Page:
Let us now discuss each of these barriers one by one.
Physical barriers refer to environmental factors that prevent or reduce opportunities for the communication process to occur. They include:
- A counseling room which does not offer privacy;
- Poor lighting;
- Dirty and untidy room;
- Distracting noise;
- Extreme temperatures;
- Uncomfortable seating arrangement;
- Distractions in the room such as equipment and visual aids;
- Objects and chemicals which are dangerous to the patient/client.
If the room where you serve patients/clients at your health unit has any of these barriers you should do something to improve it.
Differences in Social and Cultural background
When a patient/client is from a different nationality, race or ethnic group, it may be difficult for you to know the patient/client’s beliefs, taboos and cultural practices. The patient/client may not be able to take action because perhaps the information you give him/her does not tally with his/her beliefs, taboos etc. As a good counselor you should endeavour to know a patient’s/clients’ cultural background before you start a counseling session.
Non-verbal communication involves all the little things you do while you talk to a patient/client. It includes:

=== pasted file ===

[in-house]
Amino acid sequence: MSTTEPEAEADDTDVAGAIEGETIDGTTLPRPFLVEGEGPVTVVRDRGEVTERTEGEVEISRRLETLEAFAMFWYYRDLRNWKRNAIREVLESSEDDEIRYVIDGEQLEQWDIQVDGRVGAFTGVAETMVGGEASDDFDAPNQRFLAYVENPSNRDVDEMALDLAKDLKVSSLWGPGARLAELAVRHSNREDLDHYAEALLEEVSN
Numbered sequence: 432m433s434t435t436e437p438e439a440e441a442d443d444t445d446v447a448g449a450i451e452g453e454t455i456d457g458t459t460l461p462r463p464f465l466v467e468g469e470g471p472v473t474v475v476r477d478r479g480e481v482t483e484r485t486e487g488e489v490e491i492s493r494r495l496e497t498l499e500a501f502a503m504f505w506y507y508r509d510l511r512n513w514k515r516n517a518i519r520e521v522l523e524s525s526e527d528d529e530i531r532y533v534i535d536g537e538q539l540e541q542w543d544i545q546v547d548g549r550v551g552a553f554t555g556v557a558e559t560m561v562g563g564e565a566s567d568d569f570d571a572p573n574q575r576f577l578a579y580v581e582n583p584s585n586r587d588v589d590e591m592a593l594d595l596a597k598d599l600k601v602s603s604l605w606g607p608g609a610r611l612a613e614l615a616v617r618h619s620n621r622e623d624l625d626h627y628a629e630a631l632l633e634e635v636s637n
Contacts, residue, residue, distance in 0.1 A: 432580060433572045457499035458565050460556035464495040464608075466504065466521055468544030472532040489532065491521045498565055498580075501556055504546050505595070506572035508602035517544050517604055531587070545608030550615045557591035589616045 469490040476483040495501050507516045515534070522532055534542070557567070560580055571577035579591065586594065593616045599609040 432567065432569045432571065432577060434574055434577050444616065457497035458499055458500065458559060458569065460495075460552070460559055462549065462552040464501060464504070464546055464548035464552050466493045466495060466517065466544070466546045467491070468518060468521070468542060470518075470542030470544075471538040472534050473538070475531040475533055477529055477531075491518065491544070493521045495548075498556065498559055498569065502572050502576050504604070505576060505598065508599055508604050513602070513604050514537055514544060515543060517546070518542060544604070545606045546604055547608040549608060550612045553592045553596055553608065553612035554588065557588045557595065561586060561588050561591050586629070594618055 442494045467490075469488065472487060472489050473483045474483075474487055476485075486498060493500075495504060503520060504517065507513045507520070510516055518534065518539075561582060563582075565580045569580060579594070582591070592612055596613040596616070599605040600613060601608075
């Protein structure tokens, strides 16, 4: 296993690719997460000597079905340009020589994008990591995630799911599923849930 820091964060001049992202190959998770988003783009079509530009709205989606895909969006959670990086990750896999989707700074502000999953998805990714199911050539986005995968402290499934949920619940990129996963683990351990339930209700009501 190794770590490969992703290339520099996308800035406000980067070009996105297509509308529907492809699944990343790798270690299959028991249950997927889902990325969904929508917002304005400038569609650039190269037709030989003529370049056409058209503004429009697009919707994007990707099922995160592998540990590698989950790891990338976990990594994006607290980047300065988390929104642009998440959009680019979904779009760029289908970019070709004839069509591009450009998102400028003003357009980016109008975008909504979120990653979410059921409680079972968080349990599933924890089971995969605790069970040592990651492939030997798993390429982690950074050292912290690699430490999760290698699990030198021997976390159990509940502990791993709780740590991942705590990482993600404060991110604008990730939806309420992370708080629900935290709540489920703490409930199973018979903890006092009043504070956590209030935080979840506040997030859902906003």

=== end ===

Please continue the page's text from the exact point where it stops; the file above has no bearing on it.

- Showing signs of boredom or humour
- Showing signs of disgust
- Displaying signs of despise towards a client
- Nodding the head
- Shaking the head
Some non-verbal communications are negative while others are positive. Nodding the head is a positive non-verbal communication. Gesturing can be both positive and negative non-verbal communication. Therefore, try to make good gestures which will demonstrate your interest, concern and understanding of the patient’s/client’s expressions. These may be a smile or occasional nodding in appreciation of what a patient/client tells you.
Barriers caused by patient/client
Let us now look at some of the barriers that may be caused by a patient/client. These are:
- Lack of interest in being counselled
- Patient’s/client’s appearance to you (impression)
- Patient/client’s emotions
It is important that you motivate your patients/clients and arouse their interest as soon as you start the counseling session. Use of visual aids helps arouse patients’/clients’ interest. It also stimulates active thinking and learning while providing a shared experience. Lack of interest makes a patient/client inattentive and biased in thinking. If there is something disturbing a patient/client, such as a family or social problem, you should be able to identify it. If you think the patient/client is so disturbed that they cannot benefit from the session, you should postpone it to another day. If you fail to handle your patient/clients problem they may never come to back to see you again. We hope you are now well prepared to counsel malaria patients/clients. Next, let us consider the IEC messages you should give on malaria prevention and control.